As I watch this story unfold I’ve been curious about the repeated use of the word “radicalization” in reference to the two Muslims who set off bombs at the Boston Marathon.
As I’ve written here before, words matter, and the use of the word “radicalization” as a substitute for getting too much of a bad religion concerns me.
There is nothing new about Muslims killing people in the name of Allah. It’s been happening for 1,400 years. The crusades were a response to, not an instigator of, such Muslim aggression. And it’s in the book (the Koran), so it’s not a hard sell for young zealous converts looking for meaning in life, whether it be killing Coptic Christians in Egypt, or Americans in Boston, or French in Mali. It’s the continuation of a long tradition.
That’s why I have a problem with the word, “radicalization.” It suggests there is something inconsistent between the conduct of those who have been radicalized and Islam in general, when at best it is a very, very thin line.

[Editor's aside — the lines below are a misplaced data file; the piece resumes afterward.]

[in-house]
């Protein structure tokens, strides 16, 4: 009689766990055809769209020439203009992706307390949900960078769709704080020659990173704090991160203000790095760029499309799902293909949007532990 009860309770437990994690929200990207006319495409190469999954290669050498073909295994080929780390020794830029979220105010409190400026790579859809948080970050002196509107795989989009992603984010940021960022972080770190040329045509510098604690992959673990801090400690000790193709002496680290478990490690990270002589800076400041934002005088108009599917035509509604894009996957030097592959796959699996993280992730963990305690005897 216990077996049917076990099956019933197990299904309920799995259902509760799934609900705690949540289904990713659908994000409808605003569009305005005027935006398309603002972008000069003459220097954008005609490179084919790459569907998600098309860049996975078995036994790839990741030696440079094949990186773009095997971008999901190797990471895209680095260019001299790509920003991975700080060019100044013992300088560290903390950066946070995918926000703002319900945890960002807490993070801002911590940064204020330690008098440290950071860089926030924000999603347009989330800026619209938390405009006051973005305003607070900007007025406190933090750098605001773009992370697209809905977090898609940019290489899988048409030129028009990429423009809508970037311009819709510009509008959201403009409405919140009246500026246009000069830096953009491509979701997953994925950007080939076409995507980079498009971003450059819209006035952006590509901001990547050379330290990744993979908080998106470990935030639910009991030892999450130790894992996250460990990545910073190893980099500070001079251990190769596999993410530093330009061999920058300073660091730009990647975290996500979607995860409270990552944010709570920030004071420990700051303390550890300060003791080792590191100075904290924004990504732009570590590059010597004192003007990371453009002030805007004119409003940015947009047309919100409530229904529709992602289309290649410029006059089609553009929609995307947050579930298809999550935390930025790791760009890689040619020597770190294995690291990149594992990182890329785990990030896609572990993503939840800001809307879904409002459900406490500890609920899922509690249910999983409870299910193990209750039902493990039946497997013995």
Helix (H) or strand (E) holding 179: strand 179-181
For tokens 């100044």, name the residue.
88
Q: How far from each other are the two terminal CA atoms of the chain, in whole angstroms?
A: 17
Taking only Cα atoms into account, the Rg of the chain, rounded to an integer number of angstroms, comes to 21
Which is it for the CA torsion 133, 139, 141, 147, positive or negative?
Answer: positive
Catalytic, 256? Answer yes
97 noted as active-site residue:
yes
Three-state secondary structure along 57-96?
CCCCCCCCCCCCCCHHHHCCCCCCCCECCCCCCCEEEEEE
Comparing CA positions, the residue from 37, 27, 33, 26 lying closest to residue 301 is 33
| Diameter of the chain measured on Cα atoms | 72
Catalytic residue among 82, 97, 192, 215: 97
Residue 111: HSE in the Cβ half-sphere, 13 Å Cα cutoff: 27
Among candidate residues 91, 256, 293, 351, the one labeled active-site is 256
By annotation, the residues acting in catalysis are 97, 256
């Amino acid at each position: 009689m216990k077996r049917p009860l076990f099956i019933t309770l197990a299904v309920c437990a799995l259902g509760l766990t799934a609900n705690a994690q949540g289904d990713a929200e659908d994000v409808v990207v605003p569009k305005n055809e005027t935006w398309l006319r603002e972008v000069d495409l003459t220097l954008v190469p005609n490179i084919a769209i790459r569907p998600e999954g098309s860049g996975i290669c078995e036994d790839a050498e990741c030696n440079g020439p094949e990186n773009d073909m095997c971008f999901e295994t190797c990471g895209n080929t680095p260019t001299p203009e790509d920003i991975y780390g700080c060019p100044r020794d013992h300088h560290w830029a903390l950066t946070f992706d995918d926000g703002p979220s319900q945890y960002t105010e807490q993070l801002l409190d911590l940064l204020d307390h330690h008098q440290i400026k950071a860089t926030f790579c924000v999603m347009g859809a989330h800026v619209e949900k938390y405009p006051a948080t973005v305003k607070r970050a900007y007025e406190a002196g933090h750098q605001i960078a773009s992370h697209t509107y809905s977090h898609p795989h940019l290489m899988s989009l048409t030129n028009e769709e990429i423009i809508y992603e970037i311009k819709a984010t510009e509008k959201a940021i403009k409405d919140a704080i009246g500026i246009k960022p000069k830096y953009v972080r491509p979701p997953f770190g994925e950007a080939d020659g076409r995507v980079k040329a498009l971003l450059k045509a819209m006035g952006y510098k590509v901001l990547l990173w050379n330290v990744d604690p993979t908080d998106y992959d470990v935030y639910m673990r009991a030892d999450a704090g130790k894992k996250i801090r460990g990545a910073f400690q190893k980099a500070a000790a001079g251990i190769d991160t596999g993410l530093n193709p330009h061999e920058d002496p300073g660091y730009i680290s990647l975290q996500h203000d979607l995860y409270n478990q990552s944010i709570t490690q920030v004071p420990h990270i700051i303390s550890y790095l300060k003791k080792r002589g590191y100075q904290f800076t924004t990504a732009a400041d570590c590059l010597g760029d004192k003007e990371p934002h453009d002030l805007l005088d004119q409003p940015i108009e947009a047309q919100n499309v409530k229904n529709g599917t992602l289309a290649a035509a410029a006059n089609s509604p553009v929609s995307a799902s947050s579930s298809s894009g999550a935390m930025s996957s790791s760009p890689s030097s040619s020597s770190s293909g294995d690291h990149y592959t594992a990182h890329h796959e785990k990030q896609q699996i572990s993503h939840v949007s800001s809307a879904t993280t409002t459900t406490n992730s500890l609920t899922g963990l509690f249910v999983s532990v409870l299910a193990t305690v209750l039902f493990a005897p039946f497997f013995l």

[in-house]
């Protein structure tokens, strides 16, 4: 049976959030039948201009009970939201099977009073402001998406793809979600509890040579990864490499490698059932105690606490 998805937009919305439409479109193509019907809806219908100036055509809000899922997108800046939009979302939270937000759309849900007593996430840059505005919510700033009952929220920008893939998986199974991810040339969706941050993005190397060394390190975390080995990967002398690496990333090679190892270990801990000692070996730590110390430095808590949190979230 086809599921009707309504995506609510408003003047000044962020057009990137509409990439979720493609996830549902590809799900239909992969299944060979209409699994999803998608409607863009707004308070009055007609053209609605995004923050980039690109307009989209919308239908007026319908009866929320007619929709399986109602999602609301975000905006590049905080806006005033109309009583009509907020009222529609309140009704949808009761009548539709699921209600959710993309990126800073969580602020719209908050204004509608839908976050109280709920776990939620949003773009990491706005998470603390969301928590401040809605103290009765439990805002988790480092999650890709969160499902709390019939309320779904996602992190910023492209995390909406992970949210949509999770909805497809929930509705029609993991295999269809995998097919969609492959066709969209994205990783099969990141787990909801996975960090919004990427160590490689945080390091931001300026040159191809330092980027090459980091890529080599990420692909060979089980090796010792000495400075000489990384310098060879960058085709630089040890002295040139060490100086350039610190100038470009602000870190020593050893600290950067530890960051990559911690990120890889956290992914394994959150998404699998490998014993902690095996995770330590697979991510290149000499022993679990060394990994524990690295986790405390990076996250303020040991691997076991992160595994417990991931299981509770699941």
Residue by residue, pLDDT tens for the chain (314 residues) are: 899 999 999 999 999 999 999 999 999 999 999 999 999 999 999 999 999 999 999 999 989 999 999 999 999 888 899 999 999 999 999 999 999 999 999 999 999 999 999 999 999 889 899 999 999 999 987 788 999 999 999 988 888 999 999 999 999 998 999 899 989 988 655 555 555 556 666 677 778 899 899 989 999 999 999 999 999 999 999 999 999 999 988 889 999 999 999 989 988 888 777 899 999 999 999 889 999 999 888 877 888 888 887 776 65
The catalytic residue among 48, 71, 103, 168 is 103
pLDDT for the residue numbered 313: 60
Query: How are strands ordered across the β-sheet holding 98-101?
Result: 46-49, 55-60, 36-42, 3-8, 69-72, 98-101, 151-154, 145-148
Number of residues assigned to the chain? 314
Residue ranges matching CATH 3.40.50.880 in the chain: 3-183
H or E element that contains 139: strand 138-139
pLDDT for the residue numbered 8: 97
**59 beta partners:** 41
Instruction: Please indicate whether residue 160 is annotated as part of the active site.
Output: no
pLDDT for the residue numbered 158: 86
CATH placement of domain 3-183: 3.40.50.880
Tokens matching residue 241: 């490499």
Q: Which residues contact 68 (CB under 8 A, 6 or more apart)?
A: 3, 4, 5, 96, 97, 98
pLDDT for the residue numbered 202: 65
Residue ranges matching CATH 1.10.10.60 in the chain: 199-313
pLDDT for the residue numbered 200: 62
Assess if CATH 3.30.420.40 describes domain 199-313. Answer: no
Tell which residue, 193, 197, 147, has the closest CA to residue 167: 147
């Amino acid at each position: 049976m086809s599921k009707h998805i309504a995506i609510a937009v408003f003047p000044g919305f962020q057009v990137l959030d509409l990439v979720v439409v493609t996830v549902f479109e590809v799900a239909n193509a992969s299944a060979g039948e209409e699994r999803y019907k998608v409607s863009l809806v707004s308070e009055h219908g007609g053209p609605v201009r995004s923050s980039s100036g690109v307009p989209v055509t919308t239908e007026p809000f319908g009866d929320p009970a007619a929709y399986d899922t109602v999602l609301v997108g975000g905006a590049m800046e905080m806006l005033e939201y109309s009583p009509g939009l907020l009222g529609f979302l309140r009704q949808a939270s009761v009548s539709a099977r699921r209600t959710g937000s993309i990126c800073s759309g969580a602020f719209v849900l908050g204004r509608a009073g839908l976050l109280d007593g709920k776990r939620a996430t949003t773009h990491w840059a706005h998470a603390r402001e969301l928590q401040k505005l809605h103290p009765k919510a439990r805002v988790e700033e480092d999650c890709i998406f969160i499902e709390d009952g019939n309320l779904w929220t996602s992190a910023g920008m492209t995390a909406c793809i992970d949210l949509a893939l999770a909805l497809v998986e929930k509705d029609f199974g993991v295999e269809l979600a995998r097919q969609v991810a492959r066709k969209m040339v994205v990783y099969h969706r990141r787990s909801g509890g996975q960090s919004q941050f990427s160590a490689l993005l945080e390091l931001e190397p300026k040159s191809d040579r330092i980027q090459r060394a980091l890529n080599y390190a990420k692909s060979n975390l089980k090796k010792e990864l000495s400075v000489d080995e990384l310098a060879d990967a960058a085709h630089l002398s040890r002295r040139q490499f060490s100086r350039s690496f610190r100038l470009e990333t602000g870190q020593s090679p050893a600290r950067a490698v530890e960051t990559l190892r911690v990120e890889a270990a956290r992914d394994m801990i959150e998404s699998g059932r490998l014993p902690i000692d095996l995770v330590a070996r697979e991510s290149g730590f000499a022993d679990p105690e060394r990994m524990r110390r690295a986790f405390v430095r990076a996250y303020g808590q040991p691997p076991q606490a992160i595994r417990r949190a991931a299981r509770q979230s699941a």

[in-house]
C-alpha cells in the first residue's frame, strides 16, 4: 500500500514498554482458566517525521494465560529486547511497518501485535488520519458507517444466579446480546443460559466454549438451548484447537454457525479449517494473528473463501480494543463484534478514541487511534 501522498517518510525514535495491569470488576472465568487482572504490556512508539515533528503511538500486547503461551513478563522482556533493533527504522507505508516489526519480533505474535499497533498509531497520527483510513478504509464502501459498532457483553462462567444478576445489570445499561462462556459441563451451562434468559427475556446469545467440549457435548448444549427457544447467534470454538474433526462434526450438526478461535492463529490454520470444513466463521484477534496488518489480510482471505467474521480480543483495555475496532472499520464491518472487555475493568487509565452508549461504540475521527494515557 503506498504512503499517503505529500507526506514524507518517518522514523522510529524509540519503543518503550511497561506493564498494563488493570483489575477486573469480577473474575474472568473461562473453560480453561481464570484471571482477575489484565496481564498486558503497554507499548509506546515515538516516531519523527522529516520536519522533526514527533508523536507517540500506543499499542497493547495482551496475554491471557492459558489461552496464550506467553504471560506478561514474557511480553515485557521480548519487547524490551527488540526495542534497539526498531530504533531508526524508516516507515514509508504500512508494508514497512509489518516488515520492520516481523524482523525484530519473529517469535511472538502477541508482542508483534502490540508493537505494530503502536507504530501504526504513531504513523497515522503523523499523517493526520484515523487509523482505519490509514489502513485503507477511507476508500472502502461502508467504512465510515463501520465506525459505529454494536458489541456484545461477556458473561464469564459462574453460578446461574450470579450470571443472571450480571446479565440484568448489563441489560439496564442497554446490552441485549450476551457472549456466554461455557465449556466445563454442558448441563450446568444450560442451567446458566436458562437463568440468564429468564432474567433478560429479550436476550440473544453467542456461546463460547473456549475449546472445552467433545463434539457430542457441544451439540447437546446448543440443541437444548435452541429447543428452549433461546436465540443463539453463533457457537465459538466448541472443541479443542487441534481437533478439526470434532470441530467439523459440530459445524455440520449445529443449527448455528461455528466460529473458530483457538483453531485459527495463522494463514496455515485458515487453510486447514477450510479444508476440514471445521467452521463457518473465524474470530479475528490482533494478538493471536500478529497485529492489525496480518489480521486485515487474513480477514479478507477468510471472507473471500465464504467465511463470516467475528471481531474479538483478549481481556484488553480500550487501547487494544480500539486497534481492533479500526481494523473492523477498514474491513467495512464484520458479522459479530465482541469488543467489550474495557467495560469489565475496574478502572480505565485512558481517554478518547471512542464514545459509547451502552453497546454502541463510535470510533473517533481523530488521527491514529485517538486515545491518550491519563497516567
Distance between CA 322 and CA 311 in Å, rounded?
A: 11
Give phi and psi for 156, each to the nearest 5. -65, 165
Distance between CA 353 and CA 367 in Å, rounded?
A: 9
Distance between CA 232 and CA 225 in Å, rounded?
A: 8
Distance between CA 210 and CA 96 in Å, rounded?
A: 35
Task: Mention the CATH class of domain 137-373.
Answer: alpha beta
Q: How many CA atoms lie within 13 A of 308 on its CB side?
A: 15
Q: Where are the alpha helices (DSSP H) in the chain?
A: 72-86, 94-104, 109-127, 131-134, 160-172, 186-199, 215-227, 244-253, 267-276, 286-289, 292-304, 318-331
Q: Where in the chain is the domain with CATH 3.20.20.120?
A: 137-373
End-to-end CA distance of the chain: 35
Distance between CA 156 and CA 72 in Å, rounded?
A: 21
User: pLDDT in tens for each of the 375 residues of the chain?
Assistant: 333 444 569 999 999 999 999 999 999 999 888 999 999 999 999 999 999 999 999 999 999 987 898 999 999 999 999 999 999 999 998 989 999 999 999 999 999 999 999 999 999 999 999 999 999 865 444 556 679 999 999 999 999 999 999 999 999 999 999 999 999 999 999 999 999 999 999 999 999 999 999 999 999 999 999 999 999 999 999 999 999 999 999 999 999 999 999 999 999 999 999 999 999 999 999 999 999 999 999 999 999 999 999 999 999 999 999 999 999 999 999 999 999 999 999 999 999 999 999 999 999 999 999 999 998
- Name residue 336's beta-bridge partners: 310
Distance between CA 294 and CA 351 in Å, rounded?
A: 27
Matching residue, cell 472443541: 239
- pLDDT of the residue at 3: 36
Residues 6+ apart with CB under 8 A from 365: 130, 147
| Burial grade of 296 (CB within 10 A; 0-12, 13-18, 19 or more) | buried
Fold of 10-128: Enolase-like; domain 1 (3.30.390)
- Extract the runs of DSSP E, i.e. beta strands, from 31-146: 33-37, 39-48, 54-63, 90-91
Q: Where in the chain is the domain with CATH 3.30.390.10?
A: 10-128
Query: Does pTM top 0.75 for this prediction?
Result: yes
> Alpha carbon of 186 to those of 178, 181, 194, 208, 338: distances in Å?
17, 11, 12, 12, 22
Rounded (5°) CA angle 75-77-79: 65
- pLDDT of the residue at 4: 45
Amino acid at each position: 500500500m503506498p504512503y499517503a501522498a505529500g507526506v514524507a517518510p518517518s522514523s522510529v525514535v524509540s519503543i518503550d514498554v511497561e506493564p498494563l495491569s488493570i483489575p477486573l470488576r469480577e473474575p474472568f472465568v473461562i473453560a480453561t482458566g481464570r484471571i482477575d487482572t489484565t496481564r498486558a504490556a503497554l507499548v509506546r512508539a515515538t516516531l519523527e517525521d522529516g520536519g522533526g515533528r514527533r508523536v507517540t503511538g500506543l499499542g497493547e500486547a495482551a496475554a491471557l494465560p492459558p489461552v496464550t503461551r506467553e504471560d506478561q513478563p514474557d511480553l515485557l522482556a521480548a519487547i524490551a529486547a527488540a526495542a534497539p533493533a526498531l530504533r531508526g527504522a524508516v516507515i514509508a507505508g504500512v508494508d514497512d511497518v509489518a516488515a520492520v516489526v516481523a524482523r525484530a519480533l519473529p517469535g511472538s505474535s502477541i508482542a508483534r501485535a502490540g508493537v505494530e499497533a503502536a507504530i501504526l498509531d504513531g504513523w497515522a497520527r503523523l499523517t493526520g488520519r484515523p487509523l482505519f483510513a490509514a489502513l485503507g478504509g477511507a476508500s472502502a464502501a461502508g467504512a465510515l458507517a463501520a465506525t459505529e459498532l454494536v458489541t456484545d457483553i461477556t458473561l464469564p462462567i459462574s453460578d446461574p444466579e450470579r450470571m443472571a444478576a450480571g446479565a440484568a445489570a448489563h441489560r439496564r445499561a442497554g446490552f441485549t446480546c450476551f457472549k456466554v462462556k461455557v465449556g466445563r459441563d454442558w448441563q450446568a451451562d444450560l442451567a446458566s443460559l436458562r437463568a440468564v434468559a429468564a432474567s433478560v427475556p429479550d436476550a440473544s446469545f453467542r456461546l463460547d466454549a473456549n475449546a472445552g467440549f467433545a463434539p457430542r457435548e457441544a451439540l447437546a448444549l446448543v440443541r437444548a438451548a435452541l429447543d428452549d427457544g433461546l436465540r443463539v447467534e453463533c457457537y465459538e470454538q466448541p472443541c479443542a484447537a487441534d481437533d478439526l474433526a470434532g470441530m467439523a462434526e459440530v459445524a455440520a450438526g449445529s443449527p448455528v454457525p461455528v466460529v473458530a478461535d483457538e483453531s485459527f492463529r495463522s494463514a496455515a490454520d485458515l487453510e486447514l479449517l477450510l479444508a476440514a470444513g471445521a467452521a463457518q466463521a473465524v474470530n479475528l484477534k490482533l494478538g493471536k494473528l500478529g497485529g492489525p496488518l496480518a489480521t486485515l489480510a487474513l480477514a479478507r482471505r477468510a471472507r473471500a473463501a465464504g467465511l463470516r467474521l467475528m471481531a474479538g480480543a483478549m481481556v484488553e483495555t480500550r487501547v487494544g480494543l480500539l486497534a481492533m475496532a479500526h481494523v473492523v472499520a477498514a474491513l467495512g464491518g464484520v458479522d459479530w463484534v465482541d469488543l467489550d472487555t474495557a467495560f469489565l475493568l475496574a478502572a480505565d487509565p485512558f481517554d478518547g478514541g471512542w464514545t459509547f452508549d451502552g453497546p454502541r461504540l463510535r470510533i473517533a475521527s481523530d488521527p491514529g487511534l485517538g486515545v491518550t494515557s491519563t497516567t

I get what our secular media is trying to do. I get what President Bush and President Obama have tried to do. The idea is to convince Muslims that their religion does not teach violence, that it is a “religion of peace,” in the hopes of preventing more Islamic terrorism on the one hand and hatred toward Muslims by the general public on the other.
The problem with such an approach is that those who need to hear it the most are the last who would ever listen. If you are a Christian, would you believe what the secular media or the President of the United States said about Christianity or would you believe the Bible and your religious leaders?
Christians need not participate in such naive, and ultimately fruitless, exercises. Truth is a better policy. Christians do not need to pretend Islam is something it is not in order to love Muslims. Jesus died for all sinners, including Muslims and Muslim terrorists, just like He died for a Christian-hating Jewish religious leader named Saul of Tarsus, and just like he died for you and me.
If you are a Christian you are to love Muslims and Muslim terrorists, even the two who are suspected of planting bombs in Boston this week. But you are not required to participate in a political rebranding of Islam. Leave that to the politicians. GS